Gas pump

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Dispenser with flow sight glass (yellow) and nozzle (red)

A gas pump , also gas pump is an apparatus in a filling station , to which the fuel , in some cases also an additive such as AUS 32 to the exhaust after-treatment , is filled into the vehicle to be refueled. The nozzle - colloquially known as the fuel nozzle - is connected to the fuel pump via a hose. The fuel is filled into the tank of the land, water or air vehicle via the nozzle .


The first taps on public land were often on the sidewalks in front of inns or department stores in the 1920s. They had manually operated gas pumps, also known as the "Iron Maiden". To refuel, you knocked on the shop and were served. The first models simply pumped. With the advent of the glass cylinder, the amount of petrol that was tapped was read on a scale on the outside, which then ran into the tank. With the two-glass versions, it was then possible to continue pumping while the other contents of the container drained into the tank. From the mid-1930s, there were the first petrol pumps that had counters with price displays.

Until the end of the 1970s, only columns with a mechanical calculator were used. In 1978 the first electronic price calculator for petrol pumps was developed in Germany, after which the petrol pumps with mechanical counters at the petrol stations gradually disappeared and were replaced by electronic ones. Likewise, most of the fuel dispensers, at which a maximum of two different products could be filled with two hoses, have meanwhile been replaced by so-called MPDs (abbreviation for Multiple Product Dispenser ). Up to five different fuels can be dispensed on each side of the dispenser at these dispensers. In addition, there are high-performance fuel pumps at many petrol stations that are specially designed for refueling trucks. As they have a delivery rate of up to 130 l / min (as opposed to around 35 l / min for car columns), they are equipped with nozzles that have a much larger diameter than car nozzles. On the one hand, this serves for faster delivery, on the other hand, it is more difficult to confuse them with car nozzles, since they do not fit into car filler necks. During the transition from leaded to unleaded petrol, the nozzle diameter was reduced to prevent accidental refueling with leaded petrol. The diameter of petrol dispensing pistols is 21 mm and of diesel 25 mm in the car sector. A similar system prevents confusion of fuel types in aviation.

A fuel pump also contains a display for checking the quantity and price of the fuel filled in. In addition, information on the octane number (see knock resistance ) and various safety regulations are the rule.

In the case of self-service filling stations, the fuel data (filling point number, product filled up, quantity dispensed, basic price per liter and amount to be paid) are also transmitted to one or more tills in the shop. In the early self-service filling stations, this information was still printed out on a receipt that the customer had to hand over to the cash register to pay. In southern Europe in particular, it was also common to use tokens , which the customer had to buy beforehand and put in at the pump according to the required amount of fuel. For some years now, ATM-like terminals have also been installed in fuel pumps , where you can pay for fuel directly with a credit card . Since 2018, payment by smartphone has also been possible at certain petrol stations. The mineral oil company Shell introduced this option under the name SmartPay at more than 1500 petrol stations in Germany.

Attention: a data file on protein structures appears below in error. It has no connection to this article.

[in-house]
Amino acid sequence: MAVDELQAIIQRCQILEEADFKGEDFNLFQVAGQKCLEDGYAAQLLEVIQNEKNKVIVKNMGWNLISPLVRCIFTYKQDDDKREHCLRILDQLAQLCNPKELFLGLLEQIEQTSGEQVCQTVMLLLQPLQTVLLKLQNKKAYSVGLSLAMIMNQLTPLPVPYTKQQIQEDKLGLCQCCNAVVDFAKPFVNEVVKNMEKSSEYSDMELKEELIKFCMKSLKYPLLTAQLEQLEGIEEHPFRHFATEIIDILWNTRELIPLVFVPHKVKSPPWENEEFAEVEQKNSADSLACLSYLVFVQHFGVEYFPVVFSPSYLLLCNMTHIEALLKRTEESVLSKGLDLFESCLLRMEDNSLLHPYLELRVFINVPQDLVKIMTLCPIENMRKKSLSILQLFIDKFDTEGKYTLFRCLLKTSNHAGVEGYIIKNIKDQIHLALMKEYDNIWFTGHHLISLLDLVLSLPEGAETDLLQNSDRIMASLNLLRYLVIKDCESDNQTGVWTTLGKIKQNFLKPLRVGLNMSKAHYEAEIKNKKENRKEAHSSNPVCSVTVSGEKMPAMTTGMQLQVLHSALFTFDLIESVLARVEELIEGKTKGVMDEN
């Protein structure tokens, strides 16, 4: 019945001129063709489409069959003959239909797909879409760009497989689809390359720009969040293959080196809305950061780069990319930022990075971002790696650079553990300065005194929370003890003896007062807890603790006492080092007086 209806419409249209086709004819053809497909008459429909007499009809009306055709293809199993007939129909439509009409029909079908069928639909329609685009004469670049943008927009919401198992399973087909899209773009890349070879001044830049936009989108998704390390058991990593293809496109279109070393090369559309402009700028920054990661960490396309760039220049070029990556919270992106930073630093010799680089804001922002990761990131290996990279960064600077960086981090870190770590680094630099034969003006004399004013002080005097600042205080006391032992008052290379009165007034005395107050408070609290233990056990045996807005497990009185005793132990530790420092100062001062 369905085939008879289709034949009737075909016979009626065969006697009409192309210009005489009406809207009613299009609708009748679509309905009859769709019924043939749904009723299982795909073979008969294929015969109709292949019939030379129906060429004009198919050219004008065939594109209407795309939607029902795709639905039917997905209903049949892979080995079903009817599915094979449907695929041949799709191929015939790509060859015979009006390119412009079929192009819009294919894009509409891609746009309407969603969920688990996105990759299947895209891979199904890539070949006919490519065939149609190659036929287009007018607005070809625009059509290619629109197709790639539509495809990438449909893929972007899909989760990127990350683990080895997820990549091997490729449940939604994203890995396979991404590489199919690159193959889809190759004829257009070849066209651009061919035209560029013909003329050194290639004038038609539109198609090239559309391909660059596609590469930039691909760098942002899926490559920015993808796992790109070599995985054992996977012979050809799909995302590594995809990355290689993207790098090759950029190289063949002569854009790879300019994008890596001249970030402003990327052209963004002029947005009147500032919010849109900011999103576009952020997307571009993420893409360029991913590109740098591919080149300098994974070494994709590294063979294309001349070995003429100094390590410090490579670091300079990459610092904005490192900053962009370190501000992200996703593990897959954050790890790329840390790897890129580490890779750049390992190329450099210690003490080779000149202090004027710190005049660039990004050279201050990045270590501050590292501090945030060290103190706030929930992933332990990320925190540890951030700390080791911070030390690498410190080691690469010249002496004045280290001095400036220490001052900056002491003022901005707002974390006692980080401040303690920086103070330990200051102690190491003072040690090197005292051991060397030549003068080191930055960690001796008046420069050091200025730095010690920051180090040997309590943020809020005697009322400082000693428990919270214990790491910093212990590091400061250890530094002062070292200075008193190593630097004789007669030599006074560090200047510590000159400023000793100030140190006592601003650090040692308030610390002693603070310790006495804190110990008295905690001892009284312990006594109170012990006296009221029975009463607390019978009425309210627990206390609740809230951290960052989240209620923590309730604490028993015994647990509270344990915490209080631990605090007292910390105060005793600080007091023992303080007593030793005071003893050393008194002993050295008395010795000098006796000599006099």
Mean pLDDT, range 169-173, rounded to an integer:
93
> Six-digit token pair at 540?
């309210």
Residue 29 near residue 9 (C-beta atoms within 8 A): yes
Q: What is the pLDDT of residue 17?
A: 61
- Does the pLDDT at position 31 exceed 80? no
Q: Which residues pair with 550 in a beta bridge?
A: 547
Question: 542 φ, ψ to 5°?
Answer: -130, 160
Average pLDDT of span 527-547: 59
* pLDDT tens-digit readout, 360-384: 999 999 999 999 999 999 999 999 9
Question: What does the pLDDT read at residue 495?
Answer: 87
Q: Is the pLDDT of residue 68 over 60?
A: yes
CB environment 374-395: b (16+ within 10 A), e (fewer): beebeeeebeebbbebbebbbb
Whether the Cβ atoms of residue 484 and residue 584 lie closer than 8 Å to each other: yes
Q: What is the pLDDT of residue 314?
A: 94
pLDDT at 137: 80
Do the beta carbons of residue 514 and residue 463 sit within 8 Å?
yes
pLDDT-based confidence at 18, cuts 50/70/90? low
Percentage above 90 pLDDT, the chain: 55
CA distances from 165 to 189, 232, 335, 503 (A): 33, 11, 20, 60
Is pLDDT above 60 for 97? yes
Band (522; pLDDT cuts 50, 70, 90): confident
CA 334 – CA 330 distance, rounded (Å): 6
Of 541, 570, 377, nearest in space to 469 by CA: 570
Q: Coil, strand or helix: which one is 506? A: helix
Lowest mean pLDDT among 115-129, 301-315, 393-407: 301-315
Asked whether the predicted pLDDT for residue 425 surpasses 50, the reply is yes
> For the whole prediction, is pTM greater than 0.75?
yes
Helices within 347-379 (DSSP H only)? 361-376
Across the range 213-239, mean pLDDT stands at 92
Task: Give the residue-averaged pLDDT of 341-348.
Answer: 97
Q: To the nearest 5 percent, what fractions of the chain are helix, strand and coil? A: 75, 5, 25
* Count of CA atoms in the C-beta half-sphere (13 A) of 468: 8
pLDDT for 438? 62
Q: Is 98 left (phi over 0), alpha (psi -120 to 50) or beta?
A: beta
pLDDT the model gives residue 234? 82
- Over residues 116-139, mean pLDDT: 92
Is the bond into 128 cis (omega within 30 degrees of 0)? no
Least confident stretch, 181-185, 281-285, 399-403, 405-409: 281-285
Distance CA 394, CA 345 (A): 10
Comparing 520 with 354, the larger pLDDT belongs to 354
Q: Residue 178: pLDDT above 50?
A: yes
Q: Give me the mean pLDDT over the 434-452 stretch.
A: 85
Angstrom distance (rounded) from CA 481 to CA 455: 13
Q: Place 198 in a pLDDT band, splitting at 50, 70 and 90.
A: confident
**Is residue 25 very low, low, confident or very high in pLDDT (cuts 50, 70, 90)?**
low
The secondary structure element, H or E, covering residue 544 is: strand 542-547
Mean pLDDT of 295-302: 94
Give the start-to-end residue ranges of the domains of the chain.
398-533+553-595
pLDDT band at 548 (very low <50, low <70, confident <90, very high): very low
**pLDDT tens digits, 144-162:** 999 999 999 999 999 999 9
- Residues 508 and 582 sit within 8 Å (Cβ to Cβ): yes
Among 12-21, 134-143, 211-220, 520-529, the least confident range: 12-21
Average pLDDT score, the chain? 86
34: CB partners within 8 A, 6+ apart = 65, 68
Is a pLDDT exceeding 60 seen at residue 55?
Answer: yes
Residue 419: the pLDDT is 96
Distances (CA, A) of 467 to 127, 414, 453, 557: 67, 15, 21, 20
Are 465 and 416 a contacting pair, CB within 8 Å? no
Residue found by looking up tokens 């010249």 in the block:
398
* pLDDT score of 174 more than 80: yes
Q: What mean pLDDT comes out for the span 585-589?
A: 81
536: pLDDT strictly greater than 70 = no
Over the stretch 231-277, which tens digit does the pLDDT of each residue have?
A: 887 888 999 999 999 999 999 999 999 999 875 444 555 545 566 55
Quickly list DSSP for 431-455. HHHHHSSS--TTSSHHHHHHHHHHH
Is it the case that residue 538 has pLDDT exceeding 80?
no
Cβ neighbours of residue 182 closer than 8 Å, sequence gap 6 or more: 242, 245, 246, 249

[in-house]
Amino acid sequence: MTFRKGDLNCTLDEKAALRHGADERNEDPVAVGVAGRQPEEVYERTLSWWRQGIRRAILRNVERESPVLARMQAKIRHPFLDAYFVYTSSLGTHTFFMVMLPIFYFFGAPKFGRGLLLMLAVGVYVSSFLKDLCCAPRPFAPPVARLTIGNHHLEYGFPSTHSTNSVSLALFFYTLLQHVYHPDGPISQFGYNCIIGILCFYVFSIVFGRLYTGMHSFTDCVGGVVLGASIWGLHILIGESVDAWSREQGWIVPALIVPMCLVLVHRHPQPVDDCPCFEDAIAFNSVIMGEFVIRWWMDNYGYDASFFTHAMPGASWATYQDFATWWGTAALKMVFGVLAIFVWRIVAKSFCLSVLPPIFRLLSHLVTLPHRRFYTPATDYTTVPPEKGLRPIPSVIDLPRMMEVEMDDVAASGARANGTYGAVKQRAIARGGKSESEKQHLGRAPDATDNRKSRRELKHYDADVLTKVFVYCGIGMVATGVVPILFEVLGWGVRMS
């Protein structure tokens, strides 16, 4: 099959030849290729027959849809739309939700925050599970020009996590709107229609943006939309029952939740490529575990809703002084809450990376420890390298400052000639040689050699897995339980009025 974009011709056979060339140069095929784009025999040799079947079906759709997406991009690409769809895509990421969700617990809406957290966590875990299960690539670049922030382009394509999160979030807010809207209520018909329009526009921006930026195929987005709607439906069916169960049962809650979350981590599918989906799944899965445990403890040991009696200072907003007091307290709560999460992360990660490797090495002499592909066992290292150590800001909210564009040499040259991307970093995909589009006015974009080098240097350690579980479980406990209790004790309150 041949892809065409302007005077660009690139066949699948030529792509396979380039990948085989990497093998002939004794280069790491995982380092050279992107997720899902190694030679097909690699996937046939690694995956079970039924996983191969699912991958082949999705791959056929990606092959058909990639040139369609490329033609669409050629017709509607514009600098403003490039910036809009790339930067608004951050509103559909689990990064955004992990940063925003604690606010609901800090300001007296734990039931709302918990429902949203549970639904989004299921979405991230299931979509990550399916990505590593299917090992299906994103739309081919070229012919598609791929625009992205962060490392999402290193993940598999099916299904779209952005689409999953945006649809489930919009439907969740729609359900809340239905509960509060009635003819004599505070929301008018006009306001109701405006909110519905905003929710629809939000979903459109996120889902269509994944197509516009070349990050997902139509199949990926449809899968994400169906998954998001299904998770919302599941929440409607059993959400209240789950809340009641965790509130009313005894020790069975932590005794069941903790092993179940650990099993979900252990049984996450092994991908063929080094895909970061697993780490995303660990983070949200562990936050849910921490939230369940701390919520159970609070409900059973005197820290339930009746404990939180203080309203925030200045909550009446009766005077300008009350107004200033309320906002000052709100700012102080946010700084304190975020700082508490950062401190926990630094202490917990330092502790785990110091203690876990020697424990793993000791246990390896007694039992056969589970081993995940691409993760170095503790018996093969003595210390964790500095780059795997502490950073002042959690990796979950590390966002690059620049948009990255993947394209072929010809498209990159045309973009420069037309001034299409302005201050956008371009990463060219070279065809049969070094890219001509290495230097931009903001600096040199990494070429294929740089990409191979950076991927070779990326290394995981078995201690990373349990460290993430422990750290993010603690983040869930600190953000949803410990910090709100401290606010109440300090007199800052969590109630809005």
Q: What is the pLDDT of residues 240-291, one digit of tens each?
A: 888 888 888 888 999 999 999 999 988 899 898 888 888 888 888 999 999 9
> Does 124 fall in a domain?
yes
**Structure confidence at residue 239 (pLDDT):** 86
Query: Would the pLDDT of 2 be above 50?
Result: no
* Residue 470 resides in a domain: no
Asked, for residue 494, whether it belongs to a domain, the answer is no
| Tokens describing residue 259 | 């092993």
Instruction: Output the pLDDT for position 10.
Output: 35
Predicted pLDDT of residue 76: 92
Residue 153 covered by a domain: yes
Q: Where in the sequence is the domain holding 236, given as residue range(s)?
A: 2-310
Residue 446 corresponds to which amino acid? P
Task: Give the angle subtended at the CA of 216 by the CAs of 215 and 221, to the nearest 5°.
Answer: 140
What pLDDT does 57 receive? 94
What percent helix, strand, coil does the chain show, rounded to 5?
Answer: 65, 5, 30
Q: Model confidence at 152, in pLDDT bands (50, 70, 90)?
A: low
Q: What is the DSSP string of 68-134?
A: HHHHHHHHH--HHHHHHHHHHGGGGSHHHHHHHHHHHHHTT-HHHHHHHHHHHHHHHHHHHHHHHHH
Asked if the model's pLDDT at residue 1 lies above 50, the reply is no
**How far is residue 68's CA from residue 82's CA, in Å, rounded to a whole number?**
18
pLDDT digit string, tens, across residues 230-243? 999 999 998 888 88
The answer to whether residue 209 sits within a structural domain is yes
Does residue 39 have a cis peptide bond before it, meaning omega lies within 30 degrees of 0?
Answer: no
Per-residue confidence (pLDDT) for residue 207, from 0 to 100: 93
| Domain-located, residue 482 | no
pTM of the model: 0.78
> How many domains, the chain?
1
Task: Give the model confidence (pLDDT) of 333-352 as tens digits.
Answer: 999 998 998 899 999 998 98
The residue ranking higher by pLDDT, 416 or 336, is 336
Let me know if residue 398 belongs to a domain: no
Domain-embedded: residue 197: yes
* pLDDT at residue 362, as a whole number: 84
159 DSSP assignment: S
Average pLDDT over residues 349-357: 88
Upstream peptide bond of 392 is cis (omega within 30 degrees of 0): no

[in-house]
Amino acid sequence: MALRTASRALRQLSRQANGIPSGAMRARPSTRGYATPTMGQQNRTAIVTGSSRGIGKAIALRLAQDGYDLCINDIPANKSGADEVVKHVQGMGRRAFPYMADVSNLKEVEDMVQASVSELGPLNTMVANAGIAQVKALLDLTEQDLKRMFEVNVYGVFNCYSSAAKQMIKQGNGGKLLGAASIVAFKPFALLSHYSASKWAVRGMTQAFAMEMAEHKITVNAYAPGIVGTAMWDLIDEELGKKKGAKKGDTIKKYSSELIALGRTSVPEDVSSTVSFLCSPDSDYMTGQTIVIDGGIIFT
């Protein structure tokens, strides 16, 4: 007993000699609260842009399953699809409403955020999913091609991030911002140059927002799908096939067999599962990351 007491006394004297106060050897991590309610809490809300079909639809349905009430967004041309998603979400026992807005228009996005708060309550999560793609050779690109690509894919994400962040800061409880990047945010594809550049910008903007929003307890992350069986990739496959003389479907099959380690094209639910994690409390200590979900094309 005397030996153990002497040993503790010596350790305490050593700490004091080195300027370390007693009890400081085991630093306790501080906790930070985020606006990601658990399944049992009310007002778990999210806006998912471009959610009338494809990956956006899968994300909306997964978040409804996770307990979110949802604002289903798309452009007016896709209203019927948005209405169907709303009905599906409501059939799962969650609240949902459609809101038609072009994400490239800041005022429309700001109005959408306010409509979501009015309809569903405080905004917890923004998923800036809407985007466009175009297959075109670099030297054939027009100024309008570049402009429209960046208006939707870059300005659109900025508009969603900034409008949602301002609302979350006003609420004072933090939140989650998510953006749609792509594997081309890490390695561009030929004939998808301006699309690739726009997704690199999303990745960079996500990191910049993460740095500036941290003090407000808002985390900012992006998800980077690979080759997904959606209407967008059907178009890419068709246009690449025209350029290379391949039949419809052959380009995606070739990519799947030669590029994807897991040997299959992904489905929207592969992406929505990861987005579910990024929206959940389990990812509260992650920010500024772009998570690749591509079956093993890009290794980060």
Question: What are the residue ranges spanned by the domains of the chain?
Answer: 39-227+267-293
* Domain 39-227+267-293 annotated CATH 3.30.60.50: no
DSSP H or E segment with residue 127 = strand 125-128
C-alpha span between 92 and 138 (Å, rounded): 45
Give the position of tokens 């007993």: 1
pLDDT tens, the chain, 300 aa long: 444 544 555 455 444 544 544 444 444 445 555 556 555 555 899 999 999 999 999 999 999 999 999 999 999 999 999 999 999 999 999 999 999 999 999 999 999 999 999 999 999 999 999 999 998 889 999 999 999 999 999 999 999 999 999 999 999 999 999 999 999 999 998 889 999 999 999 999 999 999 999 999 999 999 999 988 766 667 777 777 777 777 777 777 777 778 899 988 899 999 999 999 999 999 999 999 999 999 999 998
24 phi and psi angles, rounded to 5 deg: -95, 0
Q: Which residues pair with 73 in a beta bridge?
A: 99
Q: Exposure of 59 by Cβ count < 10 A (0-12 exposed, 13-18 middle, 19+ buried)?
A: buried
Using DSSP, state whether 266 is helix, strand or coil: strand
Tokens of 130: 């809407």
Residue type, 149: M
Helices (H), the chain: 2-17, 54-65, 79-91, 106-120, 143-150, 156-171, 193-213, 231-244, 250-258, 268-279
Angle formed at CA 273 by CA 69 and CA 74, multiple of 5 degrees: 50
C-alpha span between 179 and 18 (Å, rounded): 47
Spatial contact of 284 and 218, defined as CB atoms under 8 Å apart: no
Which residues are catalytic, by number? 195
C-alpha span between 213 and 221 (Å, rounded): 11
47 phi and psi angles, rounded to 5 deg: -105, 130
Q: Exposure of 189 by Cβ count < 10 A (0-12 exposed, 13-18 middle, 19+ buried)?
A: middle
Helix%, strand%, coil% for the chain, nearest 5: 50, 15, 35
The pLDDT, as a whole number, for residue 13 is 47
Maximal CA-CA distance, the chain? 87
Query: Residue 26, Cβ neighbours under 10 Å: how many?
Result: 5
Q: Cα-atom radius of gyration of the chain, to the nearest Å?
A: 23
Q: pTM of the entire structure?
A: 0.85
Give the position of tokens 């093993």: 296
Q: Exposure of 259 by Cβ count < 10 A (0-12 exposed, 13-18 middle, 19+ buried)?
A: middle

Gas recirculation

Today's motor vehicle filling stations use petrol pumps and fuel nozzles with a gas recirculation system to extract the fuel that has evaporated into gas. This means that benzene vapors that are hazardous to health and the environment are largely absorbed. In Germany, due to the ordinance on limiting hydrocarbon emissions when refueling motor vehicles, since April 1, 2003, it has been a stipulation at newly built gas stations that the proper functioning of the gas recirculation system is automatically monitored (gas recirculation monitoring). In the event of a fault in the gas recirculation, the dispenser must be repaired within 72 hours, otherwise the further delivery of petrol at this dispenser is automatically prevented by technical measures.

Gas exchange is the name of the process that for every liter of liquid phase, one liter of gas phase is exchanged between the delivering tanker and the (mostly :) underground storage tank at the gas station. The vapor pressure of gasoline at 20 ° C is around 60 kPa (0.6 bar), the ratio of liquid density = 750 g / l to gas phase density = 4.5 g / l can be calculated by returning fuel vapor at each refueling step Avoid 0.6% fuel loss.

Measurement of the flow rate

Calibration of gas pumps

The flow rate inside the dispenser is measured using so-called screw or piston meters . The flow pressure generated by a suction pump (inside the dispenser) or pressure pump (outside the dispenser) moves 2–4 pistons in the piston knife or the counter-rotating micrometers that drive a common shaft. The rotation of the shaft is therefore a measure of the flow rate. Either a mechanical arithmetic unit or (in modern petrol pumps) an electronic pulse generator is flanged to this shaft, which converts the rotary movement of the shaft into pulses that can be counted by the electronics. The sight glass at the filling point enables the user to check whether only fuel (and no air) is passing through the flow meter. The tolerance permitted in commercial traffic (calibration error limit and traffic error limit) is ± 0.5% uniformly across the EU, i.e. H. with a display of 100 liters, between 99.5 and 100.5 liters must have been dispensed. The quantity of fuel dispensed at public filling stations is monitored by the calibration office. For this purpose, checks of the nature and delivery quantity (metrological check) are carried out every two years. In the case of initial verification, re-verification and re-verification after previous repairs, a full test is generally carried out, however, columns placed on the market or the measuring devices contained in them are considered to be initial verified ex works in accordance with Directive 2004/22 / EC (MID).